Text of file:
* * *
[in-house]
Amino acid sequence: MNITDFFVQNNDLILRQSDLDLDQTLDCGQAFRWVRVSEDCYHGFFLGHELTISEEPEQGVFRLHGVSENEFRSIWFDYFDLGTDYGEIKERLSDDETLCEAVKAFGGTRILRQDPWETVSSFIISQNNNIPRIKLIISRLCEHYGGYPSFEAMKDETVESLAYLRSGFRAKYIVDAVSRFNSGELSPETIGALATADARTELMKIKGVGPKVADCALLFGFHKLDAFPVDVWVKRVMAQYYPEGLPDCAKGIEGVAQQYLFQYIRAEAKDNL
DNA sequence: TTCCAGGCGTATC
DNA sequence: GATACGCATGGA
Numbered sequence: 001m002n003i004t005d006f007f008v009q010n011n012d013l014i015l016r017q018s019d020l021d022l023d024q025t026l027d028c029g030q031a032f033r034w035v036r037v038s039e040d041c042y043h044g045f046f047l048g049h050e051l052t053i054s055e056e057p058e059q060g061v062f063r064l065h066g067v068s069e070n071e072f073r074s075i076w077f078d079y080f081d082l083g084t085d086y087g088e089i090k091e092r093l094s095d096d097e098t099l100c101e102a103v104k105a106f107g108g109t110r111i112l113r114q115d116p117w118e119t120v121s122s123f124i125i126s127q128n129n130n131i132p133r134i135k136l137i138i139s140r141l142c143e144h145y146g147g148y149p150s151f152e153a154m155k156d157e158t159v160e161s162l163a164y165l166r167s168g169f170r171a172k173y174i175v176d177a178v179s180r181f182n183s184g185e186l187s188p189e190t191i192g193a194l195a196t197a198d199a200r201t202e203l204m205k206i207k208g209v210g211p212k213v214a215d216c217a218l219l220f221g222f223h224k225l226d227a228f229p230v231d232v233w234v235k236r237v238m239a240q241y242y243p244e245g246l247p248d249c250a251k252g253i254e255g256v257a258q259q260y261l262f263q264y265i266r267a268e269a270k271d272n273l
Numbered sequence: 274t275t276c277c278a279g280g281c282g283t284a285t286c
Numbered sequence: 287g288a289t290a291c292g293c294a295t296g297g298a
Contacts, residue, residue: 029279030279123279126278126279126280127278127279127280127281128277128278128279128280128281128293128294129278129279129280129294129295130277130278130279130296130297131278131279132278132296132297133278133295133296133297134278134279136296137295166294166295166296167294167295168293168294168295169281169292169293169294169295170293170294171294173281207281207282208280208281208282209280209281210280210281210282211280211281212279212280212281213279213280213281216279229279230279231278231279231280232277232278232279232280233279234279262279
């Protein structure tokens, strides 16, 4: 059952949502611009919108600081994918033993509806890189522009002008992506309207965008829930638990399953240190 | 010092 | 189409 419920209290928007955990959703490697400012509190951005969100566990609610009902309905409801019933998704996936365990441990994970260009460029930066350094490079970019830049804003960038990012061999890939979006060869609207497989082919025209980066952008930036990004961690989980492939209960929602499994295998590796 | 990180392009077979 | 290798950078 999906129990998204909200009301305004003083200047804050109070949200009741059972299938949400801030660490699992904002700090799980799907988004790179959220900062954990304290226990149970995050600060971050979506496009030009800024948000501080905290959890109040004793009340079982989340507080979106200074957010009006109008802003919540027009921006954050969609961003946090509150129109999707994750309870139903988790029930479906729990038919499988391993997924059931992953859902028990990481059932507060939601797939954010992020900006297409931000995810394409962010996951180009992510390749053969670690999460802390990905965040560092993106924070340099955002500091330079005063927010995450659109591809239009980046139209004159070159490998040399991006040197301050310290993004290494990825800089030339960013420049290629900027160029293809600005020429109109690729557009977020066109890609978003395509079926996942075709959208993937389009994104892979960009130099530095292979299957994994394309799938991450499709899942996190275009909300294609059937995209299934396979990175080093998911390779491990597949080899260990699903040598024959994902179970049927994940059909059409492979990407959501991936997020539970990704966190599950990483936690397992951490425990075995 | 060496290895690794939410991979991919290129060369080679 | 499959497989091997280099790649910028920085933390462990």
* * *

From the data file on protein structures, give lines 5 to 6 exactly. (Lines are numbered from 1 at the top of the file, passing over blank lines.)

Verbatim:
Numbered sequence: 001m002n003i004t005d006f007f008v009q010n011n012d013l014i015l016r017q018s019d020l021d022l023d024q025t026l027d028c029g030q031a032f033r034w035v036r037v038s039e040d041c042y043h044g045f046f047l048g049h050e051l052t053i054s055e056e057p058e059q060g061v062f063r064l065h066g067v068s069e070n071e072f073r074s075i076w077f078d079y080f081d082l083g084t085d086y087g088e089i090k091e092r093l094s095d096d097e098t099l100c101e102a103v104k105a106f107g108g109t110r111i112l113r114q115d116p117w118e119t120v121s122s123f124i125i126s127q128n129n130n131i132p133r134i135k136l137i138i139s140r141l142c143e144h145y146g147g148y149p150s151f152e153a154m155k156d157e158t159v160e161s162l163a164y165l166r167s168g169f170r171a172k173y174i175v176d177a178v179s180r181f182n183s184g185e186l187s188p189e190t191i192g193a194l195a196t197a198d199a200r201t202e203l204m205k206i207k208g209v210g211p212k213v214a215d216c217a218l219l220f221g222f223h224k225l226d227a228f229p230v231d232v233w234v235k236r237v238m239a240q241y242y243p244e245g246l247p248d249c250a251k252g253i254e255g256v257a258q259q260y261l262f263q264y265i266r267a268e269a270k271d272n273l
Numbered sequence: 274t275t276c277c278a279g280g281c282g283t284a285t286c